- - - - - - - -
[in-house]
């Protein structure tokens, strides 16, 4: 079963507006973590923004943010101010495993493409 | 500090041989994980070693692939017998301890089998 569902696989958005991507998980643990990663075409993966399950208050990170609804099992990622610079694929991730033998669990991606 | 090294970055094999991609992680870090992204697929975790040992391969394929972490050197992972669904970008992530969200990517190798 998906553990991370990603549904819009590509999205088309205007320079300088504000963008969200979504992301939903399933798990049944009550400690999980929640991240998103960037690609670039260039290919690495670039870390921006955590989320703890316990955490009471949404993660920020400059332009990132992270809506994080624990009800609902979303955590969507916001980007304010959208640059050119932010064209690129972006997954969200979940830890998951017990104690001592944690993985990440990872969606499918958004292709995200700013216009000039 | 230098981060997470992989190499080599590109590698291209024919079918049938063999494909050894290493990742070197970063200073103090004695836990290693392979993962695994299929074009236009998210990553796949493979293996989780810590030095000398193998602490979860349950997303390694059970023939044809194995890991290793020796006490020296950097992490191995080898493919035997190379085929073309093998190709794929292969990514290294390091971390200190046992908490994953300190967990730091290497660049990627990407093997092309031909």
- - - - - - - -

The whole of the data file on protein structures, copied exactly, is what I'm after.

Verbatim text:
[in-house]
């Protein structure tokens, strides 16, 4: 079963507006973590923004943010101010495993493409 | 500090041989994980070693692939017998301890089998 569902696989958005991507998980643990990663075409993966399950208050990170609804099992990622610079694929991730033998669990991606 | 090294970055094999991609992680870090992204697929975790040992391969394929972490050197992972669904970008992530969200990517190798 998906553990991370990603549904819009590509999205088309205007320079300088504000963008969200979504992301939903399933798990049944009550400690999980929640991240998103960037690609670039260039290919690495670039870390921006955590989320703890316990955490009471949404993660920020400059332009990132992270809506994080624990009800609902979303955590969507916001980007304010959208640059050119932010064209690129972006997954969200979940830890998951017990104690001592944690993985990440990872969606499918958004292709995200700013216009000039 | 230098981060997470992989190499080599590109590698291209024919079918049938063999494909050894290493990742070197970063200073103090004695836990290693392979993962695994299929074009236009998210990553796949493979293996989780810590030095000398193998602490979860349950997303390694059970023939044809194995890991290793020796006490020296950097992490191995080898493919035997190379085929073309093998190709794929292969990514290294390091971390200190046992908490994953300190967990730091290497660049990627990407093997092309031909």